I've done some active trading in my personal account at Fidelity. With surprising frequency when I enter market orders I am filled at the bid for buys and at the ask for sells! How and why does this happen?

Following is an example: I entered three market orders to sell, during which the NBBO stayed at 7.17 / 7.20, and the book looked pretty much the same as below. On all three sales I was filled at the offer (as shown in the right-most column).

Level-2 book with three market sales filled at the ask

  • 1
    $\begingroup$ Nowadays Order Routing (what the broker does with your order) is complex. I believe under SEC regulations you are entitled to ask Fidelity how your order was executed, i.e. how you got the "price improvement" that you experienced. Presumably the counterparty (buyer) was none of the ones shown here, but who it was, I don't know. $\endgroup$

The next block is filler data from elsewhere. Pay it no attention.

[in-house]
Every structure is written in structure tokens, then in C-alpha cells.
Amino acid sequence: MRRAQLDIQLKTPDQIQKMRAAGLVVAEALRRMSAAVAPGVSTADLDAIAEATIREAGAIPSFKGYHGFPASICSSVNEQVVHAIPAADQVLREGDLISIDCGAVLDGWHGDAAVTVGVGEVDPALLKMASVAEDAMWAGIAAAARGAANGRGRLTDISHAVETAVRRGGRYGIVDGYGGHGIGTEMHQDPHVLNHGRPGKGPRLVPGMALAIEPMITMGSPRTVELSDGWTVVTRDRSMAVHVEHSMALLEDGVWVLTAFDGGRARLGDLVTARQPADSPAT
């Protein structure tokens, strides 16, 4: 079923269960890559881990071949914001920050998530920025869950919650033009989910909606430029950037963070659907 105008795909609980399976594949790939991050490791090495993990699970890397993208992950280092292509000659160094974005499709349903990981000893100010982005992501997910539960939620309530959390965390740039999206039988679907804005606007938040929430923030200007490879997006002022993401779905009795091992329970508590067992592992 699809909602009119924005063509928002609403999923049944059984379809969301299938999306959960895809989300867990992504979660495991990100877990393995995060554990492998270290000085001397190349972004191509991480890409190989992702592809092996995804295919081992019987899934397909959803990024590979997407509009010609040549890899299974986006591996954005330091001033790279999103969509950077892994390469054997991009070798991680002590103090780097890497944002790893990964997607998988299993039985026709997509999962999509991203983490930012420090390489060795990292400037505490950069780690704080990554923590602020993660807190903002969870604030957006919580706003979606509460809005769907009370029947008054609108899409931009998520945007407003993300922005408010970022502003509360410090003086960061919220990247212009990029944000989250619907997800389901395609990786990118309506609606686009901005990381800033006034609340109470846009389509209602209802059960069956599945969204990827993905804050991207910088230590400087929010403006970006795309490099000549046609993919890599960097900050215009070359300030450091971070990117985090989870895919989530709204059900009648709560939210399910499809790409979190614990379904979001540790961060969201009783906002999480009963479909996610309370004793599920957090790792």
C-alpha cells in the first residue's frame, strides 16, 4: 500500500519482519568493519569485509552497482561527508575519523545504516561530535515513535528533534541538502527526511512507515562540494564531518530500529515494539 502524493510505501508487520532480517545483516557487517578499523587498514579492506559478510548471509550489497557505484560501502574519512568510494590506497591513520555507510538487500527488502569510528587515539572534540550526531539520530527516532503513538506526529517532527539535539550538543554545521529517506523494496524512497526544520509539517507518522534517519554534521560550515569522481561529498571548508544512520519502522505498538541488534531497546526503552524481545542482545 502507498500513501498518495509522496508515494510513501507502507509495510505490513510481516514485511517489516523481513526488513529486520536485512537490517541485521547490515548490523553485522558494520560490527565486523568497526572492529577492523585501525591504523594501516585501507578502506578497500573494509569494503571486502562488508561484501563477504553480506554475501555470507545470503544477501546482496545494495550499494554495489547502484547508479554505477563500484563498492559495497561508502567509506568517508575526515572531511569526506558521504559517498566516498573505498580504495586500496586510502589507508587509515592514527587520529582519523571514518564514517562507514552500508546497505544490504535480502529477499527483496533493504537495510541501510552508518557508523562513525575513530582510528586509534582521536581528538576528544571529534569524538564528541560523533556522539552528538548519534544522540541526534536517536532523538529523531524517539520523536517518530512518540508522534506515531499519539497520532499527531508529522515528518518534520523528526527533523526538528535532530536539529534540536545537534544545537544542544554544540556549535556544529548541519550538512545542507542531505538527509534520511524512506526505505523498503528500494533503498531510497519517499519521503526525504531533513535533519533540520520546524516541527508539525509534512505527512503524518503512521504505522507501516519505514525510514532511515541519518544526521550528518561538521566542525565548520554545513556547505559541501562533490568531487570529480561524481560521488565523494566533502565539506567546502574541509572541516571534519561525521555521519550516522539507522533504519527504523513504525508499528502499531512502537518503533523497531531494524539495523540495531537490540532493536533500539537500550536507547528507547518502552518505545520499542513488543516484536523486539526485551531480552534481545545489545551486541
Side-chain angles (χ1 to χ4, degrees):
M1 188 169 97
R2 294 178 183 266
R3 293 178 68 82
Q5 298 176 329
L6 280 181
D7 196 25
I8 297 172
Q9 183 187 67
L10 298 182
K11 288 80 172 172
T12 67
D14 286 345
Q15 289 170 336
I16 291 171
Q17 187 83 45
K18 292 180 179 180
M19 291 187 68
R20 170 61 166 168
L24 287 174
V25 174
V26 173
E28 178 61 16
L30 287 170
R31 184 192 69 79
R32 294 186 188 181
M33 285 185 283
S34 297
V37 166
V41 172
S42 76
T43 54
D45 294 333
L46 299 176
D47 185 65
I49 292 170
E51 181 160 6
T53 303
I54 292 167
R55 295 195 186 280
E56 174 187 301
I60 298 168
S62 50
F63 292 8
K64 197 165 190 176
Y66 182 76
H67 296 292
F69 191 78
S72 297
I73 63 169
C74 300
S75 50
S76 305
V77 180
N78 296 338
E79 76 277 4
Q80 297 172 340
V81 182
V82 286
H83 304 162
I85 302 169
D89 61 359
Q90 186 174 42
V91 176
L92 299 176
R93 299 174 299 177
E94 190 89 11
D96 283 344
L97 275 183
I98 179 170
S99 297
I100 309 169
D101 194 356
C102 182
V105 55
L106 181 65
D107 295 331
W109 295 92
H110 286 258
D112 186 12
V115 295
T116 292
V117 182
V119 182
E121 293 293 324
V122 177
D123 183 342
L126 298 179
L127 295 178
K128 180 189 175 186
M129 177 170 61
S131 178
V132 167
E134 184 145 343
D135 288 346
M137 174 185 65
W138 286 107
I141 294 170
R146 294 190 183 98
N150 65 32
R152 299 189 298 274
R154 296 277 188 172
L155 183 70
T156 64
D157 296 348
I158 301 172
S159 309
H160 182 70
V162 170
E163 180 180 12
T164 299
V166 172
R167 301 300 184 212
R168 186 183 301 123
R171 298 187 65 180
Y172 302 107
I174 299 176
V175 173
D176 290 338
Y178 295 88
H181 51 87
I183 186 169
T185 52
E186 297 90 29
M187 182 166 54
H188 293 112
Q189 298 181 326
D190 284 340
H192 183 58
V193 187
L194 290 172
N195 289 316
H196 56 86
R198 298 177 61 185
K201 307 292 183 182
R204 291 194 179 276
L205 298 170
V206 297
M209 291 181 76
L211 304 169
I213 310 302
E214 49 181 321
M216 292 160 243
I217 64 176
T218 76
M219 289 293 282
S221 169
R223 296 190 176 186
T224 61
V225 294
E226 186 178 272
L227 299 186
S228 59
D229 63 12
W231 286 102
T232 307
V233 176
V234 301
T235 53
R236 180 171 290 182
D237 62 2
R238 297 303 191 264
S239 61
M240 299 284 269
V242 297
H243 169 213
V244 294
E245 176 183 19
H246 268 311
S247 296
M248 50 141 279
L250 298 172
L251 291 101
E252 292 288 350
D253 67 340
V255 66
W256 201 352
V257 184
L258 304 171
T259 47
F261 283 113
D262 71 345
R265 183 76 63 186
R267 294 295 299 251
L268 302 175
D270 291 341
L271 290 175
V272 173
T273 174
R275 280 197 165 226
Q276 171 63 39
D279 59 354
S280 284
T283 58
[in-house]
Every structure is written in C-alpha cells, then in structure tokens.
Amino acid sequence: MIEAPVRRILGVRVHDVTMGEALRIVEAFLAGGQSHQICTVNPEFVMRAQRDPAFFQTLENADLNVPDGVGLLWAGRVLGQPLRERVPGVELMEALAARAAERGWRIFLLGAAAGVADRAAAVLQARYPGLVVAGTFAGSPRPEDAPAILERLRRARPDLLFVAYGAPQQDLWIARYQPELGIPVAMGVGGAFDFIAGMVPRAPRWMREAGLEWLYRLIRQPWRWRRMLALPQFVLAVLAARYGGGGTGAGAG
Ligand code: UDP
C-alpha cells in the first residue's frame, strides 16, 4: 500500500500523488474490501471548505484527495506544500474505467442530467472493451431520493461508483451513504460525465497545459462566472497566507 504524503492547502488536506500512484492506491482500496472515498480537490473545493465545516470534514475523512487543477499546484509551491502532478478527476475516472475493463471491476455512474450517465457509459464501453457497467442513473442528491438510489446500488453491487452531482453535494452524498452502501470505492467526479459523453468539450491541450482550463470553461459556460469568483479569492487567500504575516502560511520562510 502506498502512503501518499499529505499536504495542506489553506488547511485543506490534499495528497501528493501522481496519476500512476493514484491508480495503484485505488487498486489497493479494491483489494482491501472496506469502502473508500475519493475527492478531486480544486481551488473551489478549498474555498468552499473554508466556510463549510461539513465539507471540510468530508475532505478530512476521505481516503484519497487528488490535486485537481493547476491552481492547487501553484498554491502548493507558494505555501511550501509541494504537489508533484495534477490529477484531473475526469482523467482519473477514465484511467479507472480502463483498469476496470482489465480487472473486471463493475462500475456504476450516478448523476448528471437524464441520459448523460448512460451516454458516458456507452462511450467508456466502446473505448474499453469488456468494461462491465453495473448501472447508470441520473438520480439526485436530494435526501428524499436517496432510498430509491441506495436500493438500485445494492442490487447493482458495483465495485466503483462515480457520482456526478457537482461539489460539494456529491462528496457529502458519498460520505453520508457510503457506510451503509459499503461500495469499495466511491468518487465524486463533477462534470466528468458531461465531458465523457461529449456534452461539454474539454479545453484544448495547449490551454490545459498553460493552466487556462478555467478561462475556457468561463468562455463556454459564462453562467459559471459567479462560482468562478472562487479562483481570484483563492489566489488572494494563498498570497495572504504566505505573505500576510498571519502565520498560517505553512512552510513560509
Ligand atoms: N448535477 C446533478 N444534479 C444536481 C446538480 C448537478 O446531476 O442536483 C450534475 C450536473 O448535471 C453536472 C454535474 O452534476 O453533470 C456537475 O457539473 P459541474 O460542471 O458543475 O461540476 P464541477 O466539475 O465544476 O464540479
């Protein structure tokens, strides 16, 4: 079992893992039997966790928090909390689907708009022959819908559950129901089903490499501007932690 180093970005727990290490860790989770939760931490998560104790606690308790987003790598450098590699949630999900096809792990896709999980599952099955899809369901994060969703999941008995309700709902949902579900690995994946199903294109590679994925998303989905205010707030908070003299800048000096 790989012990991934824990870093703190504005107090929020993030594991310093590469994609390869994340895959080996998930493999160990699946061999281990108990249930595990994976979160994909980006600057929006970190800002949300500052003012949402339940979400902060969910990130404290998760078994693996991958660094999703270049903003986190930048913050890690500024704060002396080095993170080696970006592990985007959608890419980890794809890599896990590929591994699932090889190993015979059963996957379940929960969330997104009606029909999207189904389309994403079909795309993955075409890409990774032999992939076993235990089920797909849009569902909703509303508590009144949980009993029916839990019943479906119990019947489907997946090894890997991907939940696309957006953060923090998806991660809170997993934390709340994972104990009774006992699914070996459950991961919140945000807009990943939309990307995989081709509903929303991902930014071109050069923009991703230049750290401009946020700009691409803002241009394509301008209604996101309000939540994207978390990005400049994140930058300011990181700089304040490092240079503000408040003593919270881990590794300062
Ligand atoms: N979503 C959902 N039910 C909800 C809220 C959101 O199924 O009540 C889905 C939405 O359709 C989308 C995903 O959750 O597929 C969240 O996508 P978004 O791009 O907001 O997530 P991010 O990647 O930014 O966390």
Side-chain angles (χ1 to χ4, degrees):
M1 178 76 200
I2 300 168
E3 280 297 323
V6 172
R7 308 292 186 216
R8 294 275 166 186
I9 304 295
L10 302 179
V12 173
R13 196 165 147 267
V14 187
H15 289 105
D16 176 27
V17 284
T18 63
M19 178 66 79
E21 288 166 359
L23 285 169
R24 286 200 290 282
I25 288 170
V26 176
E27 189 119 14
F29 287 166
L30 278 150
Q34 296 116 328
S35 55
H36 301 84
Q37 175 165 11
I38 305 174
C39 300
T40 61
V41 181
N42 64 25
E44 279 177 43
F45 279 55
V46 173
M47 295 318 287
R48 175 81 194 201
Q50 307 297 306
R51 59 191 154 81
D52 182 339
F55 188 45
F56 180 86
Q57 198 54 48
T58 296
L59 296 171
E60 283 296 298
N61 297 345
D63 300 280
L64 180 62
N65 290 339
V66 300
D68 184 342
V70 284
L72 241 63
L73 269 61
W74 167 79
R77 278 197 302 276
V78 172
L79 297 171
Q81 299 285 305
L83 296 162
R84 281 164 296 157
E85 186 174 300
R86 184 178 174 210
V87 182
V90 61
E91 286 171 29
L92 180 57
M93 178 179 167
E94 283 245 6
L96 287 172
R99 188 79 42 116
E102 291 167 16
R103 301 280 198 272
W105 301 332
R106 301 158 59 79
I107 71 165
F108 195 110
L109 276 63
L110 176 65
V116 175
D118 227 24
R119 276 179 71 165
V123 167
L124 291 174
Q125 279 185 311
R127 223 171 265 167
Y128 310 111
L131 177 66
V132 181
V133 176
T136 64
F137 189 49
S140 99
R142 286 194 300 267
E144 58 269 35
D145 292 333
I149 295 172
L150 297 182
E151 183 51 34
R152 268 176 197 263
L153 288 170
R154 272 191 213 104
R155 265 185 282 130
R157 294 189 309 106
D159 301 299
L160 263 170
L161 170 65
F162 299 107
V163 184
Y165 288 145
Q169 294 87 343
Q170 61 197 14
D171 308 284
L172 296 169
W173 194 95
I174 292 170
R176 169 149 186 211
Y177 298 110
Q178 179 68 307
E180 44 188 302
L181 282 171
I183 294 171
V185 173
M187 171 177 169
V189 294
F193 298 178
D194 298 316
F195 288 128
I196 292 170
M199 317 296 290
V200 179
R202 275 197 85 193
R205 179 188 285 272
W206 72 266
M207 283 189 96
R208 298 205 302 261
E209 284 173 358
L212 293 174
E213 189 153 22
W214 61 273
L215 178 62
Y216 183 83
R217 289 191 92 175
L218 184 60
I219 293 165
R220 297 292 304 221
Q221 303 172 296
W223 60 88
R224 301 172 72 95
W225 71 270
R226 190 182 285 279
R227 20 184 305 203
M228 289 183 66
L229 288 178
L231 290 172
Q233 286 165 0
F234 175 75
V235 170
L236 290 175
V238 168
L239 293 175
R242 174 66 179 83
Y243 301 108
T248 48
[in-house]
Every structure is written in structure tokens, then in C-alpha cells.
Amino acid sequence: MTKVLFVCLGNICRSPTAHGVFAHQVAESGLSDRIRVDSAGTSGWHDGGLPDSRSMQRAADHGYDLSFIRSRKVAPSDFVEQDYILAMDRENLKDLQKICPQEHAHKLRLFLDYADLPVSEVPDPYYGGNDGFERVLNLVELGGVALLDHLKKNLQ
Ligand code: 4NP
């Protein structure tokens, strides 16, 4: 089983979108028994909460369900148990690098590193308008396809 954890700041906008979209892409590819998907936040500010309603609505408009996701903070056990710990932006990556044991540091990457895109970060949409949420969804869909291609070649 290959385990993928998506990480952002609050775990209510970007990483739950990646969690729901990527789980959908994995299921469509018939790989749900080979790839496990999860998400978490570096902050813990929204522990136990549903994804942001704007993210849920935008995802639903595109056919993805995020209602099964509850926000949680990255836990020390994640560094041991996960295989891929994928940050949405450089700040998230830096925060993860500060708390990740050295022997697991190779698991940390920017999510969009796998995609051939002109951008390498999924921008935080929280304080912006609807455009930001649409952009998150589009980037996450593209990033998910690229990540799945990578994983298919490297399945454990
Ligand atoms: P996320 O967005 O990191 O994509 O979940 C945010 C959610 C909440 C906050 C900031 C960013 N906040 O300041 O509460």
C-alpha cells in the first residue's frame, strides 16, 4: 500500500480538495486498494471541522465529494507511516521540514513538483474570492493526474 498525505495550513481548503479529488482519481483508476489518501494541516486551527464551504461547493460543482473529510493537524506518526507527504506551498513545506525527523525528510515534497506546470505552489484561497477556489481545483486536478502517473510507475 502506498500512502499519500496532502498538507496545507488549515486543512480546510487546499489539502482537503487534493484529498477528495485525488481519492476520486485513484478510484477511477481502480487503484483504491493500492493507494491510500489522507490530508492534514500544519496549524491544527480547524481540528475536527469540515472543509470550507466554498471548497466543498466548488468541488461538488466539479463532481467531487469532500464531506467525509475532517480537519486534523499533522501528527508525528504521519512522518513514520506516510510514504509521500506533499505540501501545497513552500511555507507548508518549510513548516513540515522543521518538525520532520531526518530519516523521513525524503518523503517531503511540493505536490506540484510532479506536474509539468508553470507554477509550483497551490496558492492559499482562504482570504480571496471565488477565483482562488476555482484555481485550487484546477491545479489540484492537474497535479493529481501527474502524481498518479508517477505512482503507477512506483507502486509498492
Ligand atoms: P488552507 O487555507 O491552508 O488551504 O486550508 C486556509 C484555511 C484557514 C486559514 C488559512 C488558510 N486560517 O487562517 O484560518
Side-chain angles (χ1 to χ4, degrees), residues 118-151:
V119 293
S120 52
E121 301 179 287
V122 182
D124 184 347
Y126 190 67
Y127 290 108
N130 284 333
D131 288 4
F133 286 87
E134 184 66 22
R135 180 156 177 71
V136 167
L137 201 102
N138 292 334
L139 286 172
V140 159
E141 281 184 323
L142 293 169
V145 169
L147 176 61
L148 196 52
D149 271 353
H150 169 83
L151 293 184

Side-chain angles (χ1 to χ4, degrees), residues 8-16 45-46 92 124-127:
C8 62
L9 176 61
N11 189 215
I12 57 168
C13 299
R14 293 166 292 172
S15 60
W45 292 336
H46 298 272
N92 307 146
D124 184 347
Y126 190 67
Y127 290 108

– nbbo2
    Apr 8, 2020 at 21:08

1 Answer 1


Your broker was able to offer you a better price than the NBBO because they receive payment for order flow, your order was probably submitted to a high-frequency trading firm which paid Fidelity in order to trade with you, and Fidelity passed back some of those savings.

Those HFT firms do that because they consider that retail traders flow has value for them (typically they consider retail traders are unlikely to be insiders or to have more information than they do).


  • $\begingroup$ So is this an all-or-nothing arrangement that brokers make with a pay-for-flow intermediary? Or is a trade-by-trade thing that goes on behind the scenes – i.e., PFOF is advertised to a broker for some stocks at some times, and that's part of the broker's routing algorithm? $\endgroup$
    – feetwet
    Apr 9, 2020 at 15:35
  • 1
    $\begingroup$ It's trade by trade, it could be through a darkpool, or the hft may have a last look before your order is routed to exchanges. $\endgroup$
    – Lliane
    Apr 10, 2020 at 1:31

Your Answer

By clicking “Post Your Answer”, you agree to our terms of service and acknowledge you have read our privacy policy.

Not the answer you're looking for? Browse other questions tagged or ask your own question.